Paleo is so healthy the average caveman died before age 31 with clear signs of long malnutrition in skeletal remains that have been found. However if you take the top 10 supplements recommended with Paleo you might overcome the lack of nutrition"

  1. DHA/EPA
  2. Minerals Iodine, Iron, and Selenium
  3. Vitamin D3
  4. Vitamin K2
  5. PQQ (a rare B vitamin)
  6. Co-Enzyme Q10
  7. Magnesium (a laxative)
  8. Multivitamin
  9. B Vitamin Complex with Vitamin C added
  10. DHEA/MELATONIN

I would suggest ANY diet that requires/suggests supplementation has problems.


#4

Hi nadia.

Alara posted a similar discussion recently, you should find it pretty easily a little way down the ‘Latest’ list. The main reason I was going to mention it was because I found some of the things tntlamb had to say particularly interesting … and he’s gone & got here first.

I’m wary of dietary protocols and programmes partly because they are so rigid and make such big claims with little balance and little evidence that I’ve seen. They tend to promise a path that will lead to great things if only the the programme is adhered to to the letter. And to me that seems opportunistic because following such a programme can provide a sense of security and certainty that anyone with a chronic disease might well find appealing. But I don’t think it’s wise to hand ourselves over wholesale to a programme unless we completely understand how it’s meant to work (which is quite difficult!).

Some of the things tntlamb has had to say about diet recently do, to my mind, provide balance as well as depth of explanation that can all too often be lacking. And in fact he’s made me think that I do need to get a little bit cleverer about what I eat.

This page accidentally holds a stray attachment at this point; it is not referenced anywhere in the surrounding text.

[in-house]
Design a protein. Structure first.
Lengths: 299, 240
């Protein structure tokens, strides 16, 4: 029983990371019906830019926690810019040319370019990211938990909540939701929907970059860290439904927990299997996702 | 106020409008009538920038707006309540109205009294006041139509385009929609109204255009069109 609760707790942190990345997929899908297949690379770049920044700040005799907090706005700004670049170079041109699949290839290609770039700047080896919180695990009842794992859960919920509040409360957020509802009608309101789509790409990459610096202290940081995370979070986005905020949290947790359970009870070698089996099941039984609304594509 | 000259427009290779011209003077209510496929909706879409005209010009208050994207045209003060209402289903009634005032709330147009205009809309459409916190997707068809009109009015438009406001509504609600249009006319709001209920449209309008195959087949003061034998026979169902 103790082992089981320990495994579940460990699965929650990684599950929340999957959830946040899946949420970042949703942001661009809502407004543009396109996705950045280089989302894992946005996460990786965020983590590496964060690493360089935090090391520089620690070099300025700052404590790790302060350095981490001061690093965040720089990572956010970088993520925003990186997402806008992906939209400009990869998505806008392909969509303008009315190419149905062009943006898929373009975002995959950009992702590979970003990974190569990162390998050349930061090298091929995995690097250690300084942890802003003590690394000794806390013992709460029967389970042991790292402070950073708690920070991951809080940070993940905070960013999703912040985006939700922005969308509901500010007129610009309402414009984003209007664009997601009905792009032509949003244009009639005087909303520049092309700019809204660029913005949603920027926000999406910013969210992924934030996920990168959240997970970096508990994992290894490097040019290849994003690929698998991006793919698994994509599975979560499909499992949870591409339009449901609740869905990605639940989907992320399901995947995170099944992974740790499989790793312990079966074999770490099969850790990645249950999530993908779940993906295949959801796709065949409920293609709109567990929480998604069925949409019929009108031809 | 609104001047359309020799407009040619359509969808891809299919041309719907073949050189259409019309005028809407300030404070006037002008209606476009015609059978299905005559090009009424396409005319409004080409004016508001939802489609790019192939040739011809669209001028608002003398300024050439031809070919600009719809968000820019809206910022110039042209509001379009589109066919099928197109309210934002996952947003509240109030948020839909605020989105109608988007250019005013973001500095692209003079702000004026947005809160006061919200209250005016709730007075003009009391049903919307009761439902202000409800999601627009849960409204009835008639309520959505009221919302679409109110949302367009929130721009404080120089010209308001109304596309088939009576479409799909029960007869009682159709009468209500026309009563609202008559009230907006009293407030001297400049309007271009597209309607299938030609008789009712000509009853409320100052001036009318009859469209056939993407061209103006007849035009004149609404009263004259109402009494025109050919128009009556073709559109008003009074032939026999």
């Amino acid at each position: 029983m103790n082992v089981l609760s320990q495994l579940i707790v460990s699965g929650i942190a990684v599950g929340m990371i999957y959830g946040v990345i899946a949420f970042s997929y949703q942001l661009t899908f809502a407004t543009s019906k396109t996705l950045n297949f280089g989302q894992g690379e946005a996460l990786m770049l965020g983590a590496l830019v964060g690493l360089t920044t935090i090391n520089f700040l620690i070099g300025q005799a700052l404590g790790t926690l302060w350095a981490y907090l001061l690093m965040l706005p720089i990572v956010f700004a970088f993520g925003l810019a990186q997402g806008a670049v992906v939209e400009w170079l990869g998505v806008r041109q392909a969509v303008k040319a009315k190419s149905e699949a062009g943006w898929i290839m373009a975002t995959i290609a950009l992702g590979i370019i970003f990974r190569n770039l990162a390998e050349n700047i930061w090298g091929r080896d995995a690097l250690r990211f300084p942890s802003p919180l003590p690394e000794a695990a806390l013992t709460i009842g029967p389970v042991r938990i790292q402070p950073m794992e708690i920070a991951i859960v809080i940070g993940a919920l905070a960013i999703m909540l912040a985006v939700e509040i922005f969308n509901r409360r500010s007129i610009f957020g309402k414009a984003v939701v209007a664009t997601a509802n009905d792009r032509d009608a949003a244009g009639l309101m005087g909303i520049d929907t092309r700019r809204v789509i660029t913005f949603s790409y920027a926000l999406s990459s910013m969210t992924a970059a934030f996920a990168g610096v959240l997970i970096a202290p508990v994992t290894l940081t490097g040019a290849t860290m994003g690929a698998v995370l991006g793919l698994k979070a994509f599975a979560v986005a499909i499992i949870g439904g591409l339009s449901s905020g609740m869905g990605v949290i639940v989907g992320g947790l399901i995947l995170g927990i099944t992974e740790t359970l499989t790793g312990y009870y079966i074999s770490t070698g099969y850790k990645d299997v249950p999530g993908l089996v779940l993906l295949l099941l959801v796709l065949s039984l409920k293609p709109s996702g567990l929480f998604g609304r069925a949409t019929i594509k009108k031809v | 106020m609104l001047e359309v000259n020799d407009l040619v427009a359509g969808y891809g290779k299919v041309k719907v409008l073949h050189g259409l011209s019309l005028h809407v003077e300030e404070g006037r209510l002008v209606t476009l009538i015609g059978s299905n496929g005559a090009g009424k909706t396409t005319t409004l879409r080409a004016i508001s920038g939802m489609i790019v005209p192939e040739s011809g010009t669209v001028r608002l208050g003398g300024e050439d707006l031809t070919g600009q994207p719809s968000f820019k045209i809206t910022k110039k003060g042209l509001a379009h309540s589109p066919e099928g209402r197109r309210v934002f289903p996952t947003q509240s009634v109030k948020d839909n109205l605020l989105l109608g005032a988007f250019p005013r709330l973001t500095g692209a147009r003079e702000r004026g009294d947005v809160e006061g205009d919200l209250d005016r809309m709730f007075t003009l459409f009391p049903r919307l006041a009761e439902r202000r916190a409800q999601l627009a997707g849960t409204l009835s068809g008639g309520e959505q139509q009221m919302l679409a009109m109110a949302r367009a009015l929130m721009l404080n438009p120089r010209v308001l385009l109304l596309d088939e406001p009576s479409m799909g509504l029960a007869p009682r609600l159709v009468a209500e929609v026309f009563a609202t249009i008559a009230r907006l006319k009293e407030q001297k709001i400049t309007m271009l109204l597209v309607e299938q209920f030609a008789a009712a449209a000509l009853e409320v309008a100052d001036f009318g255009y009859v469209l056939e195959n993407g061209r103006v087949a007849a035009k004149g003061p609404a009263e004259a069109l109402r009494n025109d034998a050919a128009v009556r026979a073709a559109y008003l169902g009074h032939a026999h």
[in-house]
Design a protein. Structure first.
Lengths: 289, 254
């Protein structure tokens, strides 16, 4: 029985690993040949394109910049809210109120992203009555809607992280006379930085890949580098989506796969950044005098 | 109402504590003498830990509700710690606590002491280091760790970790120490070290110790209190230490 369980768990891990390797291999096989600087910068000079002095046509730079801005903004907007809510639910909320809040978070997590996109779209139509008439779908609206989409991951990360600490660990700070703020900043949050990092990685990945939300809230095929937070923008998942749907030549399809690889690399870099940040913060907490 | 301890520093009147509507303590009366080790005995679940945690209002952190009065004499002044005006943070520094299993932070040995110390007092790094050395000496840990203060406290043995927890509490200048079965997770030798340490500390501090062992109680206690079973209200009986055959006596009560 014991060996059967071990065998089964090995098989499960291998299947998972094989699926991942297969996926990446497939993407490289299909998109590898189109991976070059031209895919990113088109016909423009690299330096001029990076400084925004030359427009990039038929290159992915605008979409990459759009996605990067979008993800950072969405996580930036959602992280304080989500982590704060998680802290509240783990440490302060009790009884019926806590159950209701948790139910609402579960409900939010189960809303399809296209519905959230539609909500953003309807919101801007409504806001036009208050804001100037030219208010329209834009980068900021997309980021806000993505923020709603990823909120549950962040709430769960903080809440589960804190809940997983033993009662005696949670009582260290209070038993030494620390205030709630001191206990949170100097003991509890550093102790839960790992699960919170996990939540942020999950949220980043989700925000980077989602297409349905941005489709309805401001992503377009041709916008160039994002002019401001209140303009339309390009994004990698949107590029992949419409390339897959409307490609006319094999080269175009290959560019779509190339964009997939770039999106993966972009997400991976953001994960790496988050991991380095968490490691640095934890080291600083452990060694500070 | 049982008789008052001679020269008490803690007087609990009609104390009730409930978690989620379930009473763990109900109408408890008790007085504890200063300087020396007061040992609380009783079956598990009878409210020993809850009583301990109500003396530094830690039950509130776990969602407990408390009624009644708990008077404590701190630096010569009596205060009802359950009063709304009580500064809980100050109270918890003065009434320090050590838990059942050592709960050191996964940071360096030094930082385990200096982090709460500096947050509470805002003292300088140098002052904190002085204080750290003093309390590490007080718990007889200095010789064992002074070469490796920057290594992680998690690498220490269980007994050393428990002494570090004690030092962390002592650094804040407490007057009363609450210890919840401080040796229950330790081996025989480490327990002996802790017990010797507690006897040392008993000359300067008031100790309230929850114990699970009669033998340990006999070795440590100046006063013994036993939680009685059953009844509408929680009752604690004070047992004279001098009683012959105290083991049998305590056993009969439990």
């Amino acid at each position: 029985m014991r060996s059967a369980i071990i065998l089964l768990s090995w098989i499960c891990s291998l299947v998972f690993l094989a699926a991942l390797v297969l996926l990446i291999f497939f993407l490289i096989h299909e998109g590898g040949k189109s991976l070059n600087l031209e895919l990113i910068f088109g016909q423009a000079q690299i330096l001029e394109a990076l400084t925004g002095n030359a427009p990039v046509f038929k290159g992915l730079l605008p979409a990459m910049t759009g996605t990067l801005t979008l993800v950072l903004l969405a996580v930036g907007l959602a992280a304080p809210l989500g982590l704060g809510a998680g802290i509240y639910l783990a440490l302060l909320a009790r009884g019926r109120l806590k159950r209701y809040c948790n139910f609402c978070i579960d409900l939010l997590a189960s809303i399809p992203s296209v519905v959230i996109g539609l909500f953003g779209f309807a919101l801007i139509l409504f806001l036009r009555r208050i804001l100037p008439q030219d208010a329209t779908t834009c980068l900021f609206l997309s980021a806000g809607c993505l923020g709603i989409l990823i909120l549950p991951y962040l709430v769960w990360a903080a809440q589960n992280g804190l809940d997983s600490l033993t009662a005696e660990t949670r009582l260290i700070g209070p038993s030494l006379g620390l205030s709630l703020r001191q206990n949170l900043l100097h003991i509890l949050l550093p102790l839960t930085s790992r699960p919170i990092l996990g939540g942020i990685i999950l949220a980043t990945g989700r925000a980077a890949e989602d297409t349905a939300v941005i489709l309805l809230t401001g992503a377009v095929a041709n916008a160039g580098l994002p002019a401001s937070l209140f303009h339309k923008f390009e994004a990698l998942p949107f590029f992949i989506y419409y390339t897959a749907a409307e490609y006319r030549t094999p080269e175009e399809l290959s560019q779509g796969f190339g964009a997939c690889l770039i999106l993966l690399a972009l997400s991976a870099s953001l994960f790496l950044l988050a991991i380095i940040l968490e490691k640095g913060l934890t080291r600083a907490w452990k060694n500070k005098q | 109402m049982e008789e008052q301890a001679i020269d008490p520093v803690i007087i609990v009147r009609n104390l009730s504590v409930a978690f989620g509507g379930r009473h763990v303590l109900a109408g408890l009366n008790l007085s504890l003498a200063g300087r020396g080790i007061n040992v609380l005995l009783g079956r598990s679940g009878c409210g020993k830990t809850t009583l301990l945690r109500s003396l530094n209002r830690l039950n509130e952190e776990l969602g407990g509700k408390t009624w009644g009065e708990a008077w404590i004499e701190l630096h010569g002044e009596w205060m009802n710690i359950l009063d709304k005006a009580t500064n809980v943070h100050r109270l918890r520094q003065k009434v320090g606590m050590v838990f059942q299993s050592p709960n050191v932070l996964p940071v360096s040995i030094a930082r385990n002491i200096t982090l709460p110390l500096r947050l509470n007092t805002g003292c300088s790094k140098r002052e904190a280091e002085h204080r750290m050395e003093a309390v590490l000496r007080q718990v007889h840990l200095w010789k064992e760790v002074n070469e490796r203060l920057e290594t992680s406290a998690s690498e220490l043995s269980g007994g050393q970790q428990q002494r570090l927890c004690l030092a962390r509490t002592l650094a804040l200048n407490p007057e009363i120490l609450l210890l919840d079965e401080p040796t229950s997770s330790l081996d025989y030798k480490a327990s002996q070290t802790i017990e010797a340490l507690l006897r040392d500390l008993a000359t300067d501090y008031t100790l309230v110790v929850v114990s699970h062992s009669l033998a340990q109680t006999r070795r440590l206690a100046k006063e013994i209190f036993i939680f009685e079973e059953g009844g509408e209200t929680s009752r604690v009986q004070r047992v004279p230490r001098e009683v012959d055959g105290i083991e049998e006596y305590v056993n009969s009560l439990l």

I agree a good diet is essential. Managing PsA is hard work and a lot of that hard work comes down to boring ol’ common sense which might not be as alluring as a programme full of promises, but it can be very worth it.


#5

thanks, I have just started a probiotic, so will see how it helps.


#6

I actually only realised that there is a section for complimentary therapies, and have now found lots of info and discussions there - newbie error!


#7

thanks for the comprehensive reply. Its all very overwhelming as I am so new to all of this. And I am definitely taking on everything my rheumatologist is telling/prescribing for me. However I have seen the power of ‘food as medicine’ in my own life, and so want to come at this from all angles. But I’ve now found the complimentary therapies section which has been a great help.


#8

I’d like to take a second and expand a little on this point, with a warning. While quite a lot of these practitioners want to do little more than lighten your pocketbook while doing no actual harm to you, there are those that will. They might drum into your head that taking the actual medication is doing you some harm.

Now, I’d like to think most of us would say “well, there’s no way I’d do that, I’d walk away from that quack right quick!”

Only… you might not. I might not. Because what if they say that at your weakest moment when you see no way out? There’s a chance, however small, that you might grasp at that straw, grasp at that exit from the pain and go along with it.

There’s a reason that people do fall for these schemes, why you do hear stories of people electing to treat a disease alternatively rather than going through the medical route. These people were not all stupid for doing it - they were merely preyed on during a moment of weakness. And these guys can be charismatic, and actually believe in themselves. That can be a powerful pull, when you’re at your lowest. And you do tend to go to these folks at your lowest.

On top of all of the reasons that lamb elucidates on above, that’s another good reason to avoid these guys. Could be a scam artist, or they could be worse - they could believe in themselves, and prey on you. Better to avoid them than to run into that one scumbag.


#9

tntlamb, are there any recommended supplements that actually help PsA? I have started avoiding sugar and some other foods that seem to trigger pain for me. I sure that this has been discussed so if you would be kind enough to drop a link.


#10

I found that magnesium really helped leg cramps in the beginning. And I take Omega3 because it’s generally accepted as being a good supplement to take, but also because I’d read that it has a soothing effect on pain. (tnt’s the expert, not me, don’t ask me to explain)